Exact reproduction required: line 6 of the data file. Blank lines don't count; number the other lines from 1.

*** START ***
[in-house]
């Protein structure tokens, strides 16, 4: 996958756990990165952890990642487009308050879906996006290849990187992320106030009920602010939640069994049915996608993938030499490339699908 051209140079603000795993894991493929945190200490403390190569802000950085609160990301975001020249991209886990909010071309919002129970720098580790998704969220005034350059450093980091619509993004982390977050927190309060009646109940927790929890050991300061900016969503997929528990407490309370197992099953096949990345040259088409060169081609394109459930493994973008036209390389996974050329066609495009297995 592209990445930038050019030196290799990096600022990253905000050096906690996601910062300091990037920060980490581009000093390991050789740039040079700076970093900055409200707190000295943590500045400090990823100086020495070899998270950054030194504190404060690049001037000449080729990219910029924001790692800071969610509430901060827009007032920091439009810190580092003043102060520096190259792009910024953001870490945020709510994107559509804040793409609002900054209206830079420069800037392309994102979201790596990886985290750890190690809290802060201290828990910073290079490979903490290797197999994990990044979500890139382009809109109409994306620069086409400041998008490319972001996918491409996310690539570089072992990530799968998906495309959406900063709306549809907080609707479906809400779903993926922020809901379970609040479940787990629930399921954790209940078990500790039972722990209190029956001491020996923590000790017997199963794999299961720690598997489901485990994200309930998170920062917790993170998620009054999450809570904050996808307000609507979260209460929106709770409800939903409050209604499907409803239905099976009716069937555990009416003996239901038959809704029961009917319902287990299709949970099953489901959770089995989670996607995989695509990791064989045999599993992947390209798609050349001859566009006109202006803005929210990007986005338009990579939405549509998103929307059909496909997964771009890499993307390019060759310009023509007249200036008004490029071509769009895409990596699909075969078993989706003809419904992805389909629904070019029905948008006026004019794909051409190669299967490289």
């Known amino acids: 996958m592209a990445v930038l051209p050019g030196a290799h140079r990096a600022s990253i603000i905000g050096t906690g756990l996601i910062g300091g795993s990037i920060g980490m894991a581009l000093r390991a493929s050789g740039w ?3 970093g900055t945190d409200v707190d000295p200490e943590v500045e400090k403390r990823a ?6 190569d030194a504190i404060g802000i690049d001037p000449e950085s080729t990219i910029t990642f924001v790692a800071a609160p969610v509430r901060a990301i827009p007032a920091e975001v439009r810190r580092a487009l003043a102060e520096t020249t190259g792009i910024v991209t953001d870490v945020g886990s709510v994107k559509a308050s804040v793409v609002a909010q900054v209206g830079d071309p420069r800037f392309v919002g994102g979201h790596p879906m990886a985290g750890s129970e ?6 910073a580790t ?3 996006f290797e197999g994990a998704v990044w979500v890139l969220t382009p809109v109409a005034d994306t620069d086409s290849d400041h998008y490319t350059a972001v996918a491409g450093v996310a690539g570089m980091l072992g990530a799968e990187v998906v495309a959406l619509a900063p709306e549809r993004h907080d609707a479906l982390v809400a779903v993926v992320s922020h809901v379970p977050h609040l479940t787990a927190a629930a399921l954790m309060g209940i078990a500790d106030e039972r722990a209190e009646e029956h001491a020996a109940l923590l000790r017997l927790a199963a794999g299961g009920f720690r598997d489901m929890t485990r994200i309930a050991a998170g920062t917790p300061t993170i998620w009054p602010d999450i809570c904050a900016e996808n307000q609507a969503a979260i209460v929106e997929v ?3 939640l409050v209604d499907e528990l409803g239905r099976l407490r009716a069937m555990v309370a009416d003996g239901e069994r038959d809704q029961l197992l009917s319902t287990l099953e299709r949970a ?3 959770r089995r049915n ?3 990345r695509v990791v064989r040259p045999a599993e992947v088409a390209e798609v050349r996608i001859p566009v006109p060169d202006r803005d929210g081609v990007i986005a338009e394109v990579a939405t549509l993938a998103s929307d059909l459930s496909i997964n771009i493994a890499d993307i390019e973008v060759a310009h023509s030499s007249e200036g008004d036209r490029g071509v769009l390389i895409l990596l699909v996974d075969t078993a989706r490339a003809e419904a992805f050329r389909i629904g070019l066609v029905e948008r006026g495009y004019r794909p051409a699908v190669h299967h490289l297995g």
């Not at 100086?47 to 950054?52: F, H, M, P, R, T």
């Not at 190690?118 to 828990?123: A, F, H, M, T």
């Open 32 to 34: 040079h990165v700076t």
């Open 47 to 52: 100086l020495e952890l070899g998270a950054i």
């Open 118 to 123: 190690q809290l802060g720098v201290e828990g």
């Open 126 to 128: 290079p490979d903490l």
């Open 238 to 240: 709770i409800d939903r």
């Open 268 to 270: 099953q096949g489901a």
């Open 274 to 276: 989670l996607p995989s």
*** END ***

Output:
């Open 32 to 34: 040079h990165v700076t």